Are We Ready to have our Lifestyles Changed?
To: The Residents of Elbert County
July 31, 2011
As you know the oil and gas companies are about ready to start their exploration in Elbert County. They just completed seismic activity along the I-70 corridor between Watkins and Byers and are prepared to move their 150-foot rigs as soon as they determine the sweet spots. They are moving south from Weld County. In 1862, President Lincoln gave the railroads mineral rights to every odd section of land within twenty miles of the railroad so that they could get coal and timber to facilitate the westward expansion. Anadarko, an oil company operating in the area, has bought those rights. If you don’t own mineral rights to your property, as at least half of us don’t, you are under the mercy of giant oil companies, most of whom have made billions of dollars of profit in the first two quarters of 2011. Are you ready to have your life style changed and your property values depleted?
If you don’t know what I’m talking about, I encourage you to look on the internet for articles about hydraulic fracturing. Find a book by Tara Meixsell, ‘Collateral Damage’; read it. Watch the movies, ‘Gasland’ and ‘Split Estate’. Drive through Weld County on road 85 between Greeley and Cheyenne, Wyoming. Drive along I-70, in Garfield County. If you enjoy the quiet country life, fresh water and fresh air, and if you invested your life savings in your home and land and that is important to you, you need to act NOW.
The county’s point man for regulating oil and gas development is Richard Miller. He recently completed regulations and has had a citizen’s group review them. These regulations are available on line. In my opinion, they need to have some loose ends tied-up.
generators run all the time and discharge spent diesel fuel in the air. Open hydraulic fracking storage pits emit dangerous fumes. Any gas that is given off is ‘flared’ and the fumes are toxic. The county has said the companies must be 600’ from residences. That is still too close. It should be changed to at least 1320’, a quarter mile.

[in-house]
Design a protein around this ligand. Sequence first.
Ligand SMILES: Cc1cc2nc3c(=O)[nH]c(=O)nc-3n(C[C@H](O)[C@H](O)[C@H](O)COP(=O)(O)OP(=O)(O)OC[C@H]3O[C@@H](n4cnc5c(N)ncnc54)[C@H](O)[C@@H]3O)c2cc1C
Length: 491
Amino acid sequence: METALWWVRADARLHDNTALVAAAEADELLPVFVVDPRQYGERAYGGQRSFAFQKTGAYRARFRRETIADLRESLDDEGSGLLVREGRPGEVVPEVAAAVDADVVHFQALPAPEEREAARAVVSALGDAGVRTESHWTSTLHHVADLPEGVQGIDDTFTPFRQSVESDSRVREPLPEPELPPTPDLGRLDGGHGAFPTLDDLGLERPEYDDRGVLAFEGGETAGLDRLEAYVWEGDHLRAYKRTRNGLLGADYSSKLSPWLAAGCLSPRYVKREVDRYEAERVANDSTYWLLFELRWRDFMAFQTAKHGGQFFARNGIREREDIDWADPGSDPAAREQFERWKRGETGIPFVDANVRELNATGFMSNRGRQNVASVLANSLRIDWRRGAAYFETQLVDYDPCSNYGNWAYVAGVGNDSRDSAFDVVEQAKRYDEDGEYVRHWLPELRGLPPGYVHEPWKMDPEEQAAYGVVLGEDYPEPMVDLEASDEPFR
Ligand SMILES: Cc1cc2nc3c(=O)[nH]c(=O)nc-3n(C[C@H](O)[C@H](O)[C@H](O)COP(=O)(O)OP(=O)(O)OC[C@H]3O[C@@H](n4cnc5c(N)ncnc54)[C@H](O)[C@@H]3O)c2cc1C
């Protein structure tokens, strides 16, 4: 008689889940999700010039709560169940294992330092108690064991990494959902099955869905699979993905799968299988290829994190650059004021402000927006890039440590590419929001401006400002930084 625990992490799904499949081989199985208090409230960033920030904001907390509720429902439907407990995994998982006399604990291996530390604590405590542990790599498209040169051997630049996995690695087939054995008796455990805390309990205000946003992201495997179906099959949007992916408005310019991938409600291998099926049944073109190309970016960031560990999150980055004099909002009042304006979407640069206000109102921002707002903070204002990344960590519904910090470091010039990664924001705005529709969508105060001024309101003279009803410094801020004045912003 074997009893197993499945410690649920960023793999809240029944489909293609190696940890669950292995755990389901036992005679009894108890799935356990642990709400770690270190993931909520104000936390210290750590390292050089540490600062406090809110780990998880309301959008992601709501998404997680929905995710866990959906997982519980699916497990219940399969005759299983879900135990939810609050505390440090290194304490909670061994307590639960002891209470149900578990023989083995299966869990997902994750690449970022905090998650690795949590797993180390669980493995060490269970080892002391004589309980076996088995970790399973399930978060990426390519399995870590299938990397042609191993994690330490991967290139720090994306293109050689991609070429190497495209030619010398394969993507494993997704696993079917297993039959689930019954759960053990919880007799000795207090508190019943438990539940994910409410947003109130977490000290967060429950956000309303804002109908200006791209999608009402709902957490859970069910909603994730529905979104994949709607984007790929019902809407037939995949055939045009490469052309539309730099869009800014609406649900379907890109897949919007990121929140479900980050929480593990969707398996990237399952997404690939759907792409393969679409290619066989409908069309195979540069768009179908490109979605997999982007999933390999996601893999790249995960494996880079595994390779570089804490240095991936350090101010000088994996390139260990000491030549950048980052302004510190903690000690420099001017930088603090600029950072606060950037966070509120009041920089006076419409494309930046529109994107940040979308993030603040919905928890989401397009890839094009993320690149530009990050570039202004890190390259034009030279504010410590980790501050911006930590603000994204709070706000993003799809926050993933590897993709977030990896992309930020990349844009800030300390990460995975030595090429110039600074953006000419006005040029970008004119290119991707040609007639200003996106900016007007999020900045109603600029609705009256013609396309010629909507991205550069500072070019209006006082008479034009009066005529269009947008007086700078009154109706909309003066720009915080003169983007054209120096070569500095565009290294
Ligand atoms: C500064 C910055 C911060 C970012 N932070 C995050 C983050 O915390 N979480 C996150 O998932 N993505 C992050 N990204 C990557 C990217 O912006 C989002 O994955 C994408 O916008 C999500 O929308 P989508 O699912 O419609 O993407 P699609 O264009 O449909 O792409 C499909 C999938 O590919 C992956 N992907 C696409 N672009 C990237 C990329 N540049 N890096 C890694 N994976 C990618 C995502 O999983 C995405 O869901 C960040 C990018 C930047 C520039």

2) Watch videos, on line, by Wes Wilson, an EPA retiree, and Dr. Theo Coburn, a scientist who has done extensive research about endocrine disruption. Serious controls need to be placed on generator emissions and open pits (the county has said that oil companies can only use closed-loop systems thereby eliminating open pits). (Google these names and you can find interesting articles.) The EPA is currently evaluating stricter regulations, which we should adopt. This study should be done in early 2012. Check out the EPA’s web site to find out more about this. I don’t believe that it is unreasonable to ask the oil companies to purchase infrared cameras for the county so that property owners can capture emissions on film as evidence
concern about water is for where the water goes after the process is finished. Typically the fracked water either is deposited in used wells under ground or it is evaporated. Since there are to be no open pits in Elbert County, the water will not be evaporated. We don’t want water that contains toxic chemicals stored underground because of the danger of it migrating into the aquifers. Regulations need to be in place to control the disposal of used liquids.